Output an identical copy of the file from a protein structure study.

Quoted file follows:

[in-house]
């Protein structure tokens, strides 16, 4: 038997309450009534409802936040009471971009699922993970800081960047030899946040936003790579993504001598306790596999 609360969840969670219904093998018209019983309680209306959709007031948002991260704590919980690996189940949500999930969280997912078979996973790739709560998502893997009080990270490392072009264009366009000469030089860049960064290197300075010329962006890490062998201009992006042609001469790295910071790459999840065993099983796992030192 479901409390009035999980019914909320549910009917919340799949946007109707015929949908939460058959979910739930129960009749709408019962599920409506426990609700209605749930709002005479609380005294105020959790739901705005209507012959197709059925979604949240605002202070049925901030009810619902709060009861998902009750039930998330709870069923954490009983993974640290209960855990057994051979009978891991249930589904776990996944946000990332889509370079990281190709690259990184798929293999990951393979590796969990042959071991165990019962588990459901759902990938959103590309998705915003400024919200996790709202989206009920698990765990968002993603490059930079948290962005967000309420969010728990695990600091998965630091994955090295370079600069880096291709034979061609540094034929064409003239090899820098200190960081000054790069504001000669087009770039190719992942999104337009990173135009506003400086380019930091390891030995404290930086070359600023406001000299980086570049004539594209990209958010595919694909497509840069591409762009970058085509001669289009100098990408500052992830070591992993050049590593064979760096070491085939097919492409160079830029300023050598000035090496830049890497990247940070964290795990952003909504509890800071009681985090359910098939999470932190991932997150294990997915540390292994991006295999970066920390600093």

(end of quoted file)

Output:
[in-house]
């Protein structure tokens, strides 16, 4: 038997309450009534409802936040009471971009699922993970800081960047030899946040936003790579993504001598306790596999 609360969840969670219904093998018209019983309680209306959709007031948002991260704590919980690996189940949500999930969280997912078979996973790739709560998502893997009080990270490392072009264009366009000469030089860049960064290197300075010329962006890490062998201009992006042609001469790295910071790459999840065993099983796992030192 479901409390009035999980019914909320549910009917919340799949946007109707015929949908939460058959979910739930129960009749709408019962599920409506426990609700209605749930709002005479609380005294105020959790739901705005209507012959197709059925979604949240605002202070049925901030009810619902709060009861998902009750039930998330709870069923954490009983993974640290209960855990057994051979009978891991249930589904776990996944946000990332889509370079990281190709690259990184798929293999990951393979590796969990042959071991165990019962588990459901759902990938959103590309998705915003400024919200996790709202989206009920698990765990968002993603490059930079948290962005967000309420969010728990695990600091998965630091994955090295370079600069880096291709034979061609540094034929064409003239090899820098200190960081000054790069504001000669087009770039190719992942999104337009990173135009506003400086380019930091390891030995404290930086070359600023406001000299980086570049004539594209990209958010595919694909497509840069591409762009970058085509001669289009100098990408500052992830070591992993050049590593064979760096070491085939097919492409160079830029300023050598000035090496830049890497990247940070964290795990952003909504509890800071009681985090359910098939999470932190991932997150294990997915540390292994991006295999970066920390600093």